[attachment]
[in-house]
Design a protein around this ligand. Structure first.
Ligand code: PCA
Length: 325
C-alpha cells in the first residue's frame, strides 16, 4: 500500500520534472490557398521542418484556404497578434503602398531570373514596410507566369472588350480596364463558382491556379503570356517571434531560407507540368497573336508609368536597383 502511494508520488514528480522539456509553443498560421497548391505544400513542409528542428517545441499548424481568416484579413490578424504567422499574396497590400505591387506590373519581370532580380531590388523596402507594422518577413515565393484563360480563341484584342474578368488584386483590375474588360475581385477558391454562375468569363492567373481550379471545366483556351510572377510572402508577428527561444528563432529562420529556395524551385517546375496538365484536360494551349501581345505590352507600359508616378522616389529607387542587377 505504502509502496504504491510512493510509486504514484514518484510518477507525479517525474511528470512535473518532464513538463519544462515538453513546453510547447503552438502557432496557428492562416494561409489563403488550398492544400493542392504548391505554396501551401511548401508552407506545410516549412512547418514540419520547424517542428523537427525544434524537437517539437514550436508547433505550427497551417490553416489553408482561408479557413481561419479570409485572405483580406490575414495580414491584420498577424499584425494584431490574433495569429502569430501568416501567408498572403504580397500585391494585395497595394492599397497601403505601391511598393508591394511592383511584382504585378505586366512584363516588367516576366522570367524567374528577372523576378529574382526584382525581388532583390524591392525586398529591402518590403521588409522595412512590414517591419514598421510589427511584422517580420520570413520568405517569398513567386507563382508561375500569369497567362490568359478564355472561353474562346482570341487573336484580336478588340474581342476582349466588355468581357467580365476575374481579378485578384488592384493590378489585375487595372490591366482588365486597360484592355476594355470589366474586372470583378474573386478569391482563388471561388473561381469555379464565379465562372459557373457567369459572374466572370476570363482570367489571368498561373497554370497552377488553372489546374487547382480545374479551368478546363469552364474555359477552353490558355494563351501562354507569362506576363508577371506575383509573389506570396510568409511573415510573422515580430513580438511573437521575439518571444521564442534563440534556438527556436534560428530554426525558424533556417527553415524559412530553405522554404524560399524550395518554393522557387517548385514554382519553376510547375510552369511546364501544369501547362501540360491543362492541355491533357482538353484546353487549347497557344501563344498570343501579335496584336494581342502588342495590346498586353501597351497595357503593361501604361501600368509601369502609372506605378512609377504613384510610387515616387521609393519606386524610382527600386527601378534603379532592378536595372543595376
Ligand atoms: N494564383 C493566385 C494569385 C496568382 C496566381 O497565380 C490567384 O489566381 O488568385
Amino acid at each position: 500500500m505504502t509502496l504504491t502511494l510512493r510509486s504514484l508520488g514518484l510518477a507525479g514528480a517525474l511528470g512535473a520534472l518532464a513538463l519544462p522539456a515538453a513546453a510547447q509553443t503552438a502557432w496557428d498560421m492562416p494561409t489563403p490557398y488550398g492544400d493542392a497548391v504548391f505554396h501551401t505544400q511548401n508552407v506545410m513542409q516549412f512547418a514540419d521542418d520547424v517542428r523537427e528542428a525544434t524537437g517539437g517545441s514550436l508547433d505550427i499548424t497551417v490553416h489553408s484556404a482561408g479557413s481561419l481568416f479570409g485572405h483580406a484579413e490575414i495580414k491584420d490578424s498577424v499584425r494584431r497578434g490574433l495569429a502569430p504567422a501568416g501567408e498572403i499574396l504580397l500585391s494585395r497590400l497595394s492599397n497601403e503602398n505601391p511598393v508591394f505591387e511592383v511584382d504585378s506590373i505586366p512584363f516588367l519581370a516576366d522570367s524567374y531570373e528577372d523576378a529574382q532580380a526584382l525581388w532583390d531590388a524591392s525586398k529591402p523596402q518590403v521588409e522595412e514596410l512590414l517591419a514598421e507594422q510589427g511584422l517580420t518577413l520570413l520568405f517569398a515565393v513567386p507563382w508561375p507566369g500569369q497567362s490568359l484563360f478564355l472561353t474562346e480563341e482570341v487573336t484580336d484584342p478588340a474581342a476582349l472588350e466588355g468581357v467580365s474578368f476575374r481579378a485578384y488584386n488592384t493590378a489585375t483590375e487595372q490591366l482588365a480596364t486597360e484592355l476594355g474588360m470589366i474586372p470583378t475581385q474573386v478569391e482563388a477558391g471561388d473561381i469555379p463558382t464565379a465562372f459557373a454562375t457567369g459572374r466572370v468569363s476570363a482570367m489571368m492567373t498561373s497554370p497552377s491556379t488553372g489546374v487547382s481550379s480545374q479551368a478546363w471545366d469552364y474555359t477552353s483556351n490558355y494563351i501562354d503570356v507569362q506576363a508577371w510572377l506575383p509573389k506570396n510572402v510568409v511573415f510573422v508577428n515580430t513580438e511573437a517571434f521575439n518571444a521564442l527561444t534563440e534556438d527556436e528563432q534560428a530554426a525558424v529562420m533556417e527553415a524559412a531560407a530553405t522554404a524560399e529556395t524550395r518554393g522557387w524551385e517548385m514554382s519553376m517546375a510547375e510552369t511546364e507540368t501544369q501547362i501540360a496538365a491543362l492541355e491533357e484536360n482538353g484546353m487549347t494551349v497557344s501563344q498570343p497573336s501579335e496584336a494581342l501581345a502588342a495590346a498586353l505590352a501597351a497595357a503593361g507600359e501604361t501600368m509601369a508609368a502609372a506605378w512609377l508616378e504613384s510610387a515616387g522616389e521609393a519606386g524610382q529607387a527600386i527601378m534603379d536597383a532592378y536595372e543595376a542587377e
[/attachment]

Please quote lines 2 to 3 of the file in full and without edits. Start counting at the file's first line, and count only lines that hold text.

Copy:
Design a protein around this ligand. Structure first.
Ligand code: PCA